The valley of the Deadwater in Namibia
It’s like surreal painting. Located in the Namib-Naukluft National Park, the valley of the Deadwood is dotted with many long-dead trees that have not rotted due to the dry climate in this place.
Lifeless land, once flooded with water from the nearby Tsauhab River, attracts photographers who are struck by the contrast between the white surface of the valley and the black, sun-scorched trees. Sand dunes framing the valley, painted in incredible shades of orange, especially during sunrise and sunset, which gives the area an even more picturesque appearance.
“Underwater Falls” in the Indian Ocean
Although underwater waterfalls do exist, it is just an illusion, it is created by sandy deposits that stretch along the coast of the island of Mauritius.
Solonchak Uyuni in Bolivia
The largest solonchak in the world turns into a giant reflecting surface, when it is covered with a thin layer of water, either because of rain, or because of spills of nearby lakes. Stretched for a few kilometers absolutely smooth surface seems to be boundless. This allows photographers to create illusions, playing with the depth of the image and perspective.
Every year, around the second week of February, the rays of the setting sun fall at a certain angle to the Horseshoe Falls in Yosemite National Park, illuminating the top of the waterfall. Under favorable weather conditions, the sunlit water glows bright orange and red, and it seems as if it is burning.
Wavy Mountains of Arizona
On the northern part of the slope of Coyote-Bute, the canyon of Paria, lies an arcuate hollow called the “Wave”. However, to see this amazing spectacle, you will need to take part in the draw and get permission for four months in advance. A day here only 20 people start up.
Known also as the “Mountain Ghost”, this phenomenon occurs when the observer casts a shadow on the surface of clouds or thick fog. The head of the “ghost” is often surrounded by a rainbow halo – another optical phenomenon known as glory.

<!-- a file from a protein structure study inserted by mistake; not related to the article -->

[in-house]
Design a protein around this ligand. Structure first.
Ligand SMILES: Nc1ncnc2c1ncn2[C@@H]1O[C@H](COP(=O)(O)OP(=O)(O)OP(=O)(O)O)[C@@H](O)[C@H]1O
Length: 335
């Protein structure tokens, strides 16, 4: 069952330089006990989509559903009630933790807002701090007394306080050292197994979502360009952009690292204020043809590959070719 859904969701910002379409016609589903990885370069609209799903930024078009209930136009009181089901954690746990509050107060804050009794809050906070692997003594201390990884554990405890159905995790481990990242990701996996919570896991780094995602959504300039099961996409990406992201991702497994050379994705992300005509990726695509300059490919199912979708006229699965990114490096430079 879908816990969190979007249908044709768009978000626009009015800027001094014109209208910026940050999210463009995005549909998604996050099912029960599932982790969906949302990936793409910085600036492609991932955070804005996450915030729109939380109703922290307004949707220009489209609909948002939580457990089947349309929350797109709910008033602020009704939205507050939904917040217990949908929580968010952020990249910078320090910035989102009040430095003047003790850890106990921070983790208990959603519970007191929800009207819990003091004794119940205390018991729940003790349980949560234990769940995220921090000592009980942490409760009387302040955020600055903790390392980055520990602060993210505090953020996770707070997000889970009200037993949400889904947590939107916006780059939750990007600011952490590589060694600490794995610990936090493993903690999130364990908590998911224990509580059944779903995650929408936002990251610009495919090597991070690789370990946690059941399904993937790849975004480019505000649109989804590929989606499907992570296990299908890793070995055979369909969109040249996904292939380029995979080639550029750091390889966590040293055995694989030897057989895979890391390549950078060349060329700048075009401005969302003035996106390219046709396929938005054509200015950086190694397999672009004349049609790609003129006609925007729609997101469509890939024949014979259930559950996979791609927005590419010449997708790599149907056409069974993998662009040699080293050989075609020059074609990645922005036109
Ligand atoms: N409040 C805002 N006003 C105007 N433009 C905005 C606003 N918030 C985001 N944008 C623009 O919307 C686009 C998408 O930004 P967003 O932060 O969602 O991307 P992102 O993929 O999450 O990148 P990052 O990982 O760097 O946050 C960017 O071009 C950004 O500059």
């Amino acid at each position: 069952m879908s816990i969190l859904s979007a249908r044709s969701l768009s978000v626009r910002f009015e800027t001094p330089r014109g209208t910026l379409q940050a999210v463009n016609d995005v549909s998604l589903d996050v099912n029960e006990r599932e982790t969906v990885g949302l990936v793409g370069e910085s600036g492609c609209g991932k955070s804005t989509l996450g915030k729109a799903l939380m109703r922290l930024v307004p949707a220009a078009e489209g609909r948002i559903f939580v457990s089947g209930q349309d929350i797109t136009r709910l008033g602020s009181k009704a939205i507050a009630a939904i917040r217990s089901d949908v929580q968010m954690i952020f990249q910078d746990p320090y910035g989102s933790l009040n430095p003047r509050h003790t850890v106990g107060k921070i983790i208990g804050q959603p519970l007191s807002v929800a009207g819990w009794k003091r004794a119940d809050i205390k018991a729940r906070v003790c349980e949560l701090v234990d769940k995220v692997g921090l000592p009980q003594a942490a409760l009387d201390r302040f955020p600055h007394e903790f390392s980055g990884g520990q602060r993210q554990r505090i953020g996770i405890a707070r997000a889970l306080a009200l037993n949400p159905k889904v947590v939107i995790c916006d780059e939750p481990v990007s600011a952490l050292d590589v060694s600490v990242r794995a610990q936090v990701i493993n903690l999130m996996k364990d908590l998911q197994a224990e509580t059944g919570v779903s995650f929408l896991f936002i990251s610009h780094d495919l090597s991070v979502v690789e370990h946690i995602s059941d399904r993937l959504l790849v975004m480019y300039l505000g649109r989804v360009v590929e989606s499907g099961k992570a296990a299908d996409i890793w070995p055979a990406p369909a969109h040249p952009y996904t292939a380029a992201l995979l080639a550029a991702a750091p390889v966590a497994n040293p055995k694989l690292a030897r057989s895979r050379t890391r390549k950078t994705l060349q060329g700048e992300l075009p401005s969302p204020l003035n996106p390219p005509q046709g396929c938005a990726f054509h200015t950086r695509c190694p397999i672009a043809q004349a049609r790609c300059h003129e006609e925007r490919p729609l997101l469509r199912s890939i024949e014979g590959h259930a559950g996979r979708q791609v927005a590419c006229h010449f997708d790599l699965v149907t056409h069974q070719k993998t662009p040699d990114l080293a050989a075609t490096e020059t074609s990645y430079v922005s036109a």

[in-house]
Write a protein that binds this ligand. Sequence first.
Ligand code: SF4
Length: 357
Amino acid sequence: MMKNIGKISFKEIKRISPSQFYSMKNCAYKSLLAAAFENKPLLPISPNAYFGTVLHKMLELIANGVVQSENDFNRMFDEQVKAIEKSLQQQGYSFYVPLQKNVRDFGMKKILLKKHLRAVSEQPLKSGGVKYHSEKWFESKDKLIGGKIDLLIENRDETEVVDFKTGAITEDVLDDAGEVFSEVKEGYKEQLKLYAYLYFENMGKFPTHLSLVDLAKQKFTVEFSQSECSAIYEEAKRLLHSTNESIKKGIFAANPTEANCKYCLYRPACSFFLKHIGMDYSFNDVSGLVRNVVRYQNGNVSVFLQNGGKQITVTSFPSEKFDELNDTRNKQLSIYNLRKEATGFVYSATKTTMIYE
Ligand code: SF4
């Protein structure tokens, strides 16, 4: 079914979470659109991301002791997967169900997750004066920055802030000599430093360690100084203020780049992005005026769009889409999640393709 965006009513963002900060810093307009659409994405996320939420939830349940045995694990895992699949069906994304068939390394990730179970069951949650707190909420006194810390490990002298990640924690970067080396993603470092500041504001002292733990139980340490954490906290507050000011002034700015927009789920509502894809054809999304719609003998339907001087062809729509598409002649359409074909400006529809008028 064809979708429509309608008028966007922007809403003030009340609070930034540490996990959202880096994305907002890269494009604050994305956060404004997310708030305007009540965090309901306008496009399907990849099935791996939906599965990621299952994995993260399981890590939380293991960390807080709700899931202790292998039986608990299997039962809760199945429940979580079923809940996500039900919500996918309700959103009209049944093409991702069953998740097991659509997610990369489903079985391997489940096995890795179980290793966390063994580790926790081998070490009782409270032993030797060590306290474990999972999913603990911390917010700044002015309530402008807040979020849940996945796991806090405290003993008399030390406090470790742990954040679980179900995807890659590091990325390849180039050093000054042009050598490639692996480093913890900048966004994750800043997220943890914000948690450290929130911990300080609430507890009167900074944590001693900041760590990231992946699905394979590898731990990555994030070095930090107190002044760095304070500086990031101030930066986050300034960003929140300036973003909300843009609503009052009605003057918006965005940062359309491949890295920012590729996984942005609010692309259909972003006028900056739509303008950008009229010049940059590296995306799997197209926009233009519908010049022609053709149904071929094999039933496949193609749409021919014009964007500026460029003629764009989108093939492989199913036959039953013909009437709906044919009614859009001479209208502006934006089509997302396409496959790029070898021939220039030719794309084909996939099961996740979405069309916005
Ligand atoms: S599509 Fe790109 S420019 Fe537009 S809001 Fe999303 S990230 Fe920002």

This is a complex, rapidly changing form of the upper mirage. Optical illusion is created when light is refracted, passing through a layer of air that is warmer than the layer below it.
As a result of reflection and refraction of the rays, real objects or figures appear on the horizon or above it in the form of several distorted images partially overlapping each other and rapidly changing in time, which creates a fanciful picture of fata-morgan.
Unlike fata morgan, the lower mirages are created when the air above the surface of the ocean or the earth is much warmer than the air above it. Light passing through these layers of air warps, creating inverted distorted images of distant landscapes (for example, a remote mountain range or blue sky) that appear under the object itself.
Puddles on the asphalt
This phenomenon is another example of the lower mirage. Like sand in the desert, the asphalt road keeps the heat and heats the air right above it. The imaginary image of the sky creates the illusion of water on the surface. So, on a road going into the distance on a hot summer day, a puddle appears.
The False Sun
False sun, or pargelium – an unusual natural phenomenon, which manifests itself in the appearance of several suns in the sky. Such an unusual phenomenon arises due to the refraction of the sun’s rays in the ice crystals that are in the atmosphere.